In my weekly video on Spokane real estate, I typically go over the current market stats and how the market is changing. This week, I decided to do something a little different. I received a comment asking me to compare the current state of Spokane real estate to what it was like before the crash in 2007-2008 during the global financial crisis. Many people have been comparing the two situations, with some saying that the circumstances are different now and we won’t see the same result, while others believe that the current market is a bubble and a crash is imminent.
To answer this question, I dug into the numbers and did a comparison of July 2007 to July 2022. One thing to note is that in the summer of 2007, the market had already started to drop in price, while we are currently starting to level off. However, I still wanted to do a comparison of apples to apples, so I looked at the data for both periods.
The average price per square foot in Spokane County for single-family homes on less than an acre was $98 in July 2007 and $229 in July 2022. In terms of inventory, we had 2,958 homes for sale in July 2007 and only 943 homes for sale in July 2022, which is about one-third of the inventory. The volume of houses sold in July 2007 was 706, and we have sold 761 houses so far in July 2022, which will likely top out at around 800 for the county. While the volume of houses sold is not much different, the huge difference in inventory is the main factor driving the change in median sold price, which was $203,000 in July 2007 and $460,000 in July 2022.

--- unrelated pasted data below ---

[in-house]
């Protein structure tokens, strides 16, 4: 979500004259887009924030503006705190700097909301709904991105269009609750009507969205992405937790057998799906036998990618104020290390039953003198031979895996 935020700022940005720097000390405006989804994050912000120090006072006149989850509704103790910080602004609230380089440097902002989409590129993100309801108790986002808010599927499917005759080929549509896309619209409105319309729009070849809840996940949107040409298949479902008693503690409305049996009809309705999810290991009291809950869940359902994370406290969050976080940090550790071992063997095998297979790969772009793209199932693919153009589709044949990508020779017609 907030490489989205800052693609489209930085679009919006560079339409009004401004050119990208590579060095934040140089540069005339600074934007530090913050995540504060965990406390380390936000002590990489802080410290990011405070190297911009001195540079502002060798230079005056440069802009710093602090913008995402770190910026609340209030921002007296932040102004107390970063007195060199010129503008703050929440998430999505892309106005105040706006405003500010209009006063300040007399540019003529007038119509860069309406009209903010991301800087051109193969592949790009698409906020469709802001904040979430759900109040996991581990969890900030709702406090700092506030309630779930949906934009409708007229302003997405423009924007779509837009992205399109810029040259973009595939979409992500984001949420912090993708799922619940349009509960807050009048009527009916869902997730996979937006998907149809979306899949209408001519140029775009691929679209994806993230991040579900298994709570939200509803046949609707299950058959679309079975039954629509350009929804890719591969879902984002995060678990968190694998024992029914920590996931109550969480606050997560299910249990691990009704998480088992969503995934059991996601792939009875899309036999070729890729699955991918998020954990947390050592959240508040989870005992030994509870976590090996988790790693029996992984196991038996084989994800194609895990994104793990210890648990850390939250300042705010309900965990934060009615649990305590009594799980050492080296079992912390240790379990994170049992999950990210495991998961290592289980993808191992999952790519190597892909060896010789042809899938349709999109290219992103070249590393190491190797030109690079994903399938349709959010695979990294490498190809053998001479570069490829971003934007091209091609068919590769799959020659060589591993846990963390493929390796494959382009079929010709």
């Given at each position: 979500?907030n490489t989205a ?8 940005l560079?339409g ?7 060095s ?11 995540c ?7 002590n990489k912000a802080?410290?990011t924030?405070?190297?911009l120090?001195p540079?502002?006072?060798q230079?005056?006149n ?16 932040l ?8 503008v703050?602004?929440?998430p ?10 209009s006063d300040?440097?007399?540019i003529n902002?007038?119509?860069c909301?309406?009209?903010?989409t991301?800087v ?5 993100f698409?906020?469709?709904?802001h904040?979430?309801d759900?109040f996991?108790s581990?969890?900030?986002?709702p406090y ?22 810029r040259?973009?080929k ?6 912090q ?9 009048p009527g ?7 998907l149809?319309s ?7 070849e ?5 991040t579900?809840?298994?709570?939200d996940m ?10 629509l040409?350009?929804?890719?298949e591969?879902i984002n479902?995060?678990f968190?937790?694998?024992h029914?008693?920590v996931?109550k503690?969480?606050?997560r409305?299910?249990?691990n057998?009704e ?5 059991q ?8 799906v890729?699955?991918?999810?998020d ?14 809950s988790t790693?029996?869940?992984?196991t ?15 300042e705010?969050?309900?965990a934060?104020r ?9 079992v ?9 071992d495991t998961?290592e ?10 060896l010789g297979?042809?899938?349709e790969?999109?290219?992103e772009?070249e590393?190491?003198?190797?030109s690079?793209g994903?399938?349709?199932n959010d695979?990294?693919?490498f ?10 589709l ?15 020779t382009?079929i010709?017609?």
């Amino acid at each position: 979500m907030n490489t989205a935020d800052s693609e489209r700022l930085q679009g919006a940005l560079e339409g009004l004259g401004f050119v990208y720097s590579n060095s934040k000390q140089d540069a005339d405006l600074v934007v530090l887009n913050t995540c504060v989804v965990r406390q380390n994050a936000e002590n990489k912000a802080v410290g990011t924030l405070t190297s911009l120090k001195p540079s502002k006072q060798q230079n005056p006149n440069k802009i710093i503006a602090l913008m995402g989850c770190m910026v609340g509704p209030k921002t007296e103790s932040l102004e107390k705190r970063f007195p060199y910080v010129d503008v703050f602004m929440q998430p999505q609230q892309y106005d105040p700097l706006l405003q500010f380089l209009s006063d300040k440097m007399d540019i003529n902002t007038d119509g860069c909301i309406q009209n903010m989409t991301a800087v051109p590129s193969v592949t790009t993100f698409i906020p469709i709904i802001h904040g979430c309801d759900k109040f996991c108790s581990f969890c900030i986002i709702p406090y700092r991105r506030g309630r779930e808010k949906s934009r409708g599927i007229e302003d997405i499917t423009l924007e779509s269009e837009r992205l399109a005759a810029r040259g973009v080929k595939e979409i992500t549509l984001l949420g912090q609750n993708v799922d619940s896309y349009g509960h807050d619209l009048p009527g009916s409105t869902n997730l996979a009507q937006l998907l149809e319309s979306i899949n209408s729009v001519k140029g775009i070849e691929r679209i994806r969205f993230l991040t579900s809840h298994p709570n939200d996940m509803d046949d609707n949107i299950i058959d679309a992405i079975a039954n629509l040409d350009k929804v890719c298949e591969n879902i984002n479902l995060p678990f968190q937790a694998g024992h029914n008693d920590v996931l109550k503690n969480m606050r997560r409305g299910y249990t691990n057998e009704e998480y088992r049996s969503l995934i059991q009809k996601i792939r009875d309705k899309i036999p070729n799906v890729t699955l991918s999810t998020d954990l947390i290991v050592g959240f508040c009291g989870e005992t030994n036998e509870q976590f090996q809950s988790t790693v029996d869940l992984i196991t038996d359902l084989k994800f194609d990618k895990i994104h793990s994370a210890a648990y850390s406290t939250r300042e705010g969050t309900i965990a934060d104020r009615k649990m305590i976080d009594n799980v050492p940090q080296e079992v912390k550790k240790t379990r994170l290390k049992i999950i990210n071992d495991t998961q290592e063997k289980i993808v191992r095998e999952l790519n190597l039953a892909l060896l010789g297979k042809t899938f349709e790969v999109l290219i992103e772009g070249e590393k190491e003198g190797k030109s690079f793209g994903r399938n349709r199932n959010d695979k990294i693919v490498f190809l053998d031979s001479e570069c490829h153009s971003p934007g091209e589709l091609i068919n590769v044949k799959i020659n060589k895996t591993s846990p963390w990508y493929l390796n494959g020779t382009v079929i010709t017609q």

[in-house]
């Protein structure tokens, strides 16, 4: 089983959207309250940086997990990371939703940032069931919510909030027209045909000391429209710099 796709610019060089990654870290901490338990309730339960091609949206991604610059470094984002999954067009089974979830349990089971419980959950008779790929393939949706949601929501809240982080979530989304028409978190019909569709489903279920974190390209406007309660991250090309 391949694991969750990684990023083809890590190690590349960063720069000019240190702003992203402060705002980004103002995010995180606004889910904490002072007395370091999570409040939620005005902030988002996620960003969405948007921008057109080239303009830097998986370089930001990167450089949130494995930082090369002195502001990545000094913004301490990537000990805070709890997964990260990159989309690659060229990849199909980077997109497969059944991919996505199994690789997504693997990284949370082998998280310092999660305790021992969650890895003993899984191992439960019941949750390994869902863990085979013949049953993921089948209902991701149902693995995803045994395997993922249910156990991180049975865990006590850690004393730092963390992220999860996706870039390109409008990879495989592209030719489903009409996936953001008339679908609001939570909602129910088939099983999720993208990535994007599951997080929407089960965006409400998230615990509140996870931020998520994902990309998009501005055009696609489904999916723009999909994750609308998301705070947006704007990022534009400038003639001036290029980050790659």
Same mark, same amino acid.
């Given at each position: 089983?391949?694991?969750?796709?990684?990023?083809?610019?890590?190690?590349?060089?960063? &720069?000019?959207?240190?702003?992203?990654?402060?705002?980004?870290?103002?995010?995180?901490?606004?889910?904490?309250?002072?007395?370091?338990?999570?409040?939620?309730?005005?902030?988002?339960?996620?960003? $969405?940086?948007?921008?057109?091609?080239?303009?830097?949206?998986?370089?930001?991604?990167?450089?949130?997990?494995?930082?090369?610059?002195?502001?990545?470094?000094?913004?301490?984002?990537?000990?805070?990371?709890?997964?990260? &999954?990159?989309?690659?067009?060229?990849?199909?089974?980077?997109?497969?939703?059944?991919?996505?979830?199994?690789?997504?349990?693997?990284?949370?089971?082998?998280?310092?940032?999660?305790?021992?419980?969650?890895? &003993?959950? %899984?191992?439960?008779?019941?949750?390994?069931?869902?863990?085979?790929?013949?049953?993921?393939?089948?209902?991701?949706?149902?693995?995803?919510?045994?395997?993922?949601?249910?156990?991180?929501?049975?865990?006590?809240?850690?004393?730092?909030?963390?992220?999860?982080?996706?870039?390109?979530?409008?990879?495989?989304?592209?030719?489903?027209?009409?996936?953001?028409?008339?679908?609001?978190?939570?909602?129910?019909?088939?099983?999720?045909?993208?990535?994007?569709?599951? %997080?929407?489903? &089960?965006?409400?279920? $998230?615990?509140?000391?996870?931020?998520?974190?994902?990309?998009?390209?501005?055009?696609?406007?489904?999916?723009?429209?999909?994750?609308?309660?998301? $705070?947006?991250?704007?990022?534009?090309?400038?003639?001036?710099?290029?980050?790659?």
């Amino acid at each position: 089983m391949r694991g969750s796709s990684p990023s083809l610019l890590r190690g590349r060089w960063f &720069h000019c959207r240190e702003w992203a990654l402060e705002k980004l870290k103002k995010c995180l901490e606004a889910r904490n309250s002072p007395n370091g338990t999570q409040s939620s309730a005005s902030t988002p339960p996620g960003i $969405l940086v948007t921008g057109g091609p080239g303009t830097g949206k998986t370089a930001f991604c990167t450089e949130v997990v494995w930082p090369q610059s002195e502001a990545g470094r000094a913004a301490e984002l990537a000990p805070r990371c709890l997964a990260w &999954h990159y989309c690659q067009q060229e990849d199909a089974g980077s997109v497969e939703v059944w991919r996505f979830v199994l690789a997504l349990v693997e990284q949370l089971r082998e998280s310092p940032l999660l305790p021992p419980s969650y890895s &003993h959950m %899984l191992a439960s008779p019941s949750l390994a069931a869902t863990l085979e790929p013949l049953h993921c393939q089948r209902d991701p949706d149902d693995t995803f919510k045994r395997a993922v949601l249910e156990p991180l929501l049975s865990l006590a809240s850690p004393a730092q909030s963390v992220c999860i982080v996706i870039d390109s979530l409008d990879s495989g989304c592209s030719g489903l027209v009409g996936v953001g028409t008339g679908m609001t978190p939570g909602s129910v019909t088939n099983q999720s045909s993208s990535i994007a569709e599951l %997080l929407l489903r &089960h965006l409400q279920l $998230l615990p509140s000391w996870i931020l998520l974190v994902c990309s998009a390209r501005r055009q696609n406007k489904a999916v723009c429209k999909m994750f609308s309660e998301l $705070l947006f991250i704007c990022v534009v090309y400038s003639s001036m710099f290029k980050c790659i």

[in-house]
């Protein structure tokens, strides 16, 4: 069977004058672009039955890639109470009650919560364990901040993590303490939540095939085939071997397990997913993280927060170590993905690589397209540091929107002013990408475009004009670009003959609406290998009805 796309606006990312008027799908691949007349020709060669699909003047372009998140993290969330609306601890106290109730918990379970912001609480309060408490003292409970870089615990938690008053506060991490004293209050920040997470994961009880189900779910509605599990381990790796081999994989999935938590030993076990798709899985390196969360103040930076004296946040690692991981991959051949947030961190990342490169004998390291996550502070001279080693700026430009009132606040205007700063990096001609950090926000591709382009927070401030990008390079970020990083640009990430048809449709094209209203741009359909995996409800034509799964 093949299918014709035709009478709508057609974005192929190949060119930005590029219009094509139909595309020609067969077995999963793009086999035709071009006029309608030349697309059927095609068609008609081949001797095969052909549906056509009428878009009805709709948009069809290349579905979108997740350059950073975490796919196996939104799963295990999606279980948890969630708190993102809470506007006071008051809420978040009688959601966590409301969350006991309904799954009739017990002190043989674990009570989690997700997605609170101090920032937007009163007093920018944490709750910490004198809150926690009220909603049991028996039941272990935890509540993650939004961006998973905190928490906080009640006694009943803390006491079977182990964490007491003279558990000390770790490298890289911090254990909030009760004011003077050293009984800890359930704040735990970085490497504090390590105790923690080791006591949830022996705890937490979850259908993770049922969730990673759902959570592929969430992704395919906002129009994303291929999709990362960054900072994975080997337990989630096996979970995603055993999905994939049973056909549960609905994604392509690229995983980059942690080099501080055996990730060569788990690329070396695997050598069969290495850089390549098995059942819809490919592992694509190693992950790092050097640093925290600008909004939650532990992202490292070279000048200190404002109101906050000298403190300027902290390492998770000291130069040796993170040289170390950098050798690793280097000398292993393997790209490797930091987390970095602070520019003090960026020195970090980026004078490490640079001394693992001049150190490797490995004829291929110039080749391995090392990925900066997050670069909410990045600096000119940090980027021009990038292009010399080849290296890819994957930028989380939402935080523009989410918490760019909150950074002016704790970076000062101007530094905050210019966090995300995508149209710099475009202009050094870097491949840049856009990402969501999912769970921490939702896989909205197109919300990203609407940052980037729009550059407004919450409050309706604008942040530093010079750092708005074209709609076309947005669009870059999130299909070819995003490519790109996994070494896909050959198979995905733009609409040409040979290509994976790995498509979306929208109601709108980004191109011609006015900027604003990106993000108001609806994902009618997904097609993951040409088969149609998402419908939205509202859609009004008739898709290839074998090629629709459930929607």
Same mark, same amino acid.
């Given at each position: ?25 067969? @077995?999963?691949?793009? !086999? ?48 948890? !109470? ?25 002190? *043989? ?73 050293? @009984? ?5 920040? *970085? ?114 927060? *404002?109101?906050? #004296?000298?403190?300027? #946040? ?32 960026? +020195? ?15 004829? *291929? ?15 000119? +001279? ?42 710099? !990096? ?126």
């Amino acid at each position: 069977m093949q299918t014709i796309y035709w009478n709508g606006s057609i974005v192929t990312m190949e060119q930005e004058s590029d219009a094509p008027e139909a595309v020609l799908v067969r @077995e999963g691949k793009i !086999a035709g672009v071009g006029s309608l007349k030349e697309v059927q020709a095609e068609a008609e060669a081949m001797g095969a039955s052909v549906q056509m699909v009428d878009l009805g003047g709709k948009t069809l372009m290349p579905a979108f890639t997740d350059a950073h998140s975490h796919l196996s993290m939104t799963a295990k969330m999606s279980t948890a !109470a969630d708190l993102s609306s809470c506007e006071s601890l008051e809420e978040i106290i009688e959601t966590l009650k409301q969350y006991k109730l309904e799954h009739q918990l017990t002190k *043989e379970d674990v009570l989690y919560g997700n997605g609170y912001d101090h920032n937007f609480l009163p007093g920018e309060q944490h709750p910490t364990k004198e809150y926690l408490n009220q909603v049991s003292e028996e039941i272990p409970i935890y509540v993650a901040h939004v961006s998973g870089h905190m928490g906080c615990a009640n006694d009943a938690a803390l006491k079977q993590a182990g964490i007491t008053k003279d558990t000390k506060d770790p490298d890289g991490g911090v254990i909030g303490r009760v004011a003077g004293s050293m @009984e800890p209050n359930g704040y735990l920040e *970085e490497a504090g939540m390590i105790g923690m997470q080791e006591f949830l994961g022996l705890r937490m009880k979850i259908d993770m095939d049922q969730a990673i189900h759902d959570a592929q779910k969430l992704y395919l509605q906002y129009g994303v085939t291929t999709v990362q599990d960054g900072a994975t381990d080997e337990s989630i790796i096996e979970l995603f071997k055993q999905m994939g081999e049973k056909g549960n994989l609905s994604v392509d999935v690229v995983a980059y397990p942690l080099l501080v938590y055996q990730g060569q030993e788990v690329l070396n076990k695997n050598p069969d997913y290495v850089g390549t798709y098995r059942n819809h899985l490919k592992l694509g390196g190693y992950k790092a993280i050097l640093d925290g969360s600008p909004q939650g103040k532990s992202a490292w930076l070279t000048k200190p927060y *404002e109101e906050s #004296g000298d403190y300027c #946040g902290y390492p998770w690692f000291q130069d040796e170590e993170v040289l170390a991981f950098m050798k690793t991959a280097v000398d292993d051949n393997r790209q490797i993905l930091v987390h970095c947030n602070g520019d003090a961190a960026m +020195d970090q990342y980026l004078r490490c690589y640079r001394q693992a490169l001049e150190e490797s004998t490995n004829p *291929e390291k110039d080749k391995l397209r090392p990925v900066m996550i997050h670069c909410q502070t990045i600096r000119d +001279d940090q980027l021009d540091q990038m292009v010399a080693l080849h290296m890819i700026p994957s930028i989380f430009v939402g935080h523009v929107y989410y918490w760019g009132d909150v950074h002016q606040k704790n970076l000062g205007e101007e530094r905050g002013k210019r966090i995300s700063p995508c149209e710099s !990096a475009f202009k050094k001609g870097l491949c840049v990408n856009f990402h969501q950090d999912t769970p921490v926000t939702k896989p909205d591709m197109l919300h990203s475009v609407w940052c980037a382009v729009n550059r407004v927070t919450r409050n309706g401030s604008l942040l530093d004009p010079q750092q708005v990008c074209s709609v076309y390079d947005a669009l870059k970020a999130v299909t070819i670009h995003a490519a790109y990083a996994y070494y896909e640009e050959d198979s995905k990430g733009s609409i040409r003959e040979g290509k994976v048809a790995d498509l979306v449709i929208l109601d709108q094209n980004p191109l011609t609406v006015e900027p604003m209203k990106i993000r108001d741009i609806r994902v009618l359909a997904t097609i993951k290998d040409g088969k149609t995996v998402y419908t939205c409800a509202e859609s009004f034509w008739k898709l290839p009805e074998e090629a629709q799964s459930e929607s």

In July 2007, we had 4.2 months of inventory, which is considered a balanced market. In July 2022, we have only 1.2 months of inventory, which is a seller’s market. Low inventory combined with high demand is driving prices up. Another factor to consider is that mortgage rates are currently much lower than they were in 2007.
In conclusion, while there are some similarities between the current state of Spokane real estate and what it was like before the crash in 2007-2008, there are also significant differences. The main difference is the low inventory and high demand we are currently experiencing, which is driving prices up. Mortgage rates are also much lower now, which is a positive factor for buyers. It’s important to keep in mind that every market is unique and it’s difficult to predict what will happen in the future. If you have any questions about real estate, feel free to give me a call or reach out to me via email or text.